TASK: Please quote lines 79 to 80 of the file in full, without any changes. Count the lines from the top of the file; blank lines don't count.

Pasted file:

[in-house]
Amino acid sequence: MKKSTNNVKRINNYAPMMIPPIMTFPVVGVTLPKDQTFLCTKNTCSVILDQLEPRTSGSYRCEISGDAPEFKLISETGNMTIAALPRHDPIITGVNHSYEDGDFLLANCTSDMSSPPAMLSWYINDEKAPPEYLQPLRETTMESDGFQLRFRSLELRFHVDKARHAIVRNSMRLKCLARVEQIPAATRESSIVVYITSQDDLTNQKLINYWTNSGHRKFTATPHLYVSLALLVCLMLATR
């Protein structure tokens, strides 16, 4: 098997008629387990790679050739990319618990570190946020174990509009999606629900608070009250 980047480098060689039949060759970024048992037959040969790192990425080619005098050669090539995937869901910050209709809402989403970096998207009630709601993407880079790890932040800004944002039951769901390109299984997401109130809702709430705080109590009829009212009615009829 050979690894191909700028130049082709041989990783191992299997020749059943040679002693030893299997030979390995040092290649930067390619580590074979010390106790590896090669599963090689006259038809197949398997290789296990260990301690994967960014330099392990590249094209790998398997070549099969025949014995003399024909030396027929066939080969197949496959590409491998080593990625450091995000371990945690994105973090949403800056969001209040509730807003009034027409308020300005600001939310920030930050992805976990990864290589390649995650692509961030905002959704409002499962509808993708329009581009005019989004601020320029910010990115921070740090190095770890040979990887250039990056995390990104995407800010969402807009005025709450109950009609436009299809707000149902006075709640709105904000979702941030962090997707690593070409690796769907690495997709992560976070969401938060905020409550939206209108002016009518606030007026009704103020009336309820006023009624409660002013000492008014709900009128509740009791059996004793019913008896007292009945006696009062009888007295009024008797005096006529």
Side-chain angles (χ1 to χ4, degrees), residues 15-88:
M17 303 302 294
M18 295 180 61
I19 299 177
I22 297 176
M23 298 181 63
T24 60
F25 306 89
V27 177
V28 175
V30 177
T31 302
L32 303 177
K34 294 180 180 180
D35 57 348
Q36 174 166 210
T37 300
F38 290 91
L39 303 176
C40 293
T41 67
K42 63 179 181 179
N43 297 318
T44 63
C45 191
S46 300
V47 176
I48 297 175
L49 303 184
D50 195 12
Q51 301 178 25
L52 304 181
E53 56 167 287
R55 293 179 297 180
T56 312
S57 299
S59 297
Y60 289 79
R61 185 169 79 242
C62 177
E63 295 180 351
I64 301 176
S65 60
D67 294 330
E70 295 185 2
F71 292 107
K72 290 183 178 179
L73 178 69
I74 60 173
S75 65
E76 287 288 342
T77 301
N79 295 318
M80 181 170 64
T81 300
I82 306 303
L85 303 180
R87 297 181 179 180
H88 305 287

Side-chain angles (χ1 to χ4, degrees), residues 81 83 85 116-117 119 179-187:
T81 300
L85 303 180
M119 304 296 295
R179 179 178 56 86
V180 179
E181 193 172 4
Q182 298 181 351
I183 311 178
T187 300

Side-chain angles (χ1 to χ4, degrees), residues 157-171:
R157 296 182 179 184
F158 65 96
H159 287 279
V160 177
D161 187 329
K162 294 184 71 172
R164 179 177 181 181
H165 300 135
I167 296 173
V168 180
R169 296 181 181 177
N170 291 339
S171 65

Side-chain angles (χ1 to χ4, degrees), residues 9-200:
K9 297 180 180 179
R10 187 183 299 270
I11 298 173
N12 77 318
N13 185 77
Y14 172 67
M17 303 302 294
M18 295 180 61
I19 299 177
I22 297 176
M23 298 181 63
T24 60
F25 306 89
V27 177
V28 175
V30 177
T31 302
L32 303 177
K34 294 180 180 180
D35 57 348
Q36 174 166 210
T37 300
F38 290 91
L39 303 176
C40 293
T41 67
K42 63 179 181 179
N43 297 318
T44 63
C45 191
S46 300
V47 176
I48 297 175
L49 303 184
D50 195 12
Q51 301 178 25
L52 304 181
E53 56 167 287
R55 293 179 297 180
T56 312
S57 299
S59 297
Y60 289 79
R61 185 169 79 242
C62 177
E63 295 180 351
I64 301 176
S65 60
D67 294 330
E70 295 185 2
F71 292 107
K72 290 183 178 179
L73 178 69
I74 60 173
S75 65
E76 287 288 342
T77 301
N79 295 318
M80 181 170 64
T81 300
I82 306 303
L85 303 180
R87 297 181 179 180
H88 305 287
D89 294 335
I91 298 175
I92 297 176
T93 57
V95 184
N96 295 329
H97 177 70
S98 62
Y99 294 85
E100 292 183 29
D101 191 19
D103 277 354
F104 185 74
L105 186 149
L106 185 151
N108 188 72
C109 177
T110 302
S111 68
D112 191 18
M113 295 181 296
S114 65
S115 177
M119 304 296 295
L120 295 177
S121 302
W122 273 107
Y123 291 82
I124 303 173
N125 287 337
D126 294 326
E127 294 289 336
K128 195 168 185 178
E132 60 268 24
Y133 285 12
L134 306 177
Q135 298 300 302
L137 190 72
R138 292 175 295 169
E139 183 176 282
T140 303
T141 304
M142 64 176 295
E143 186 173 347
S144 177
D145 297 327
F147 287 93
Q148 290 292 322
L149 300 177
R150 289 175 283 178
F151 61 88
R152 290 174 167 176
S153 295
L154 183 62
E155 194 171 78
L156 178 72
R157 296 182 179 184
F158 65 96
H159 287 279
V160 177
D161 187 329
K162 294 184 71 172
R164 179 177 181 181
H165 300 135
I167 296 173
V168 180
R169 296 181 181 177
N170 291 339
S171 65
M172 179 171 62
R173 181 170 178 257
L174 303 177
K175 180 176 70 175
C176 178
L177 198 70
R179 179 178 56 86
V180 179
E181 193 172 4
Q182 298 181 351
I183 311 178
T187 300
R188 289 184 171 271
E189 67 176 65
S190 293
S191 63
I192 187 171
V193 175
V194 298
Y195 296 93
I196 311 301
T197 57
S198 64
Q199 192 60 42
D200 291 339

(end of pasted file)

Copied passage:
K162 294 184 71 172
R164 179 177 181 181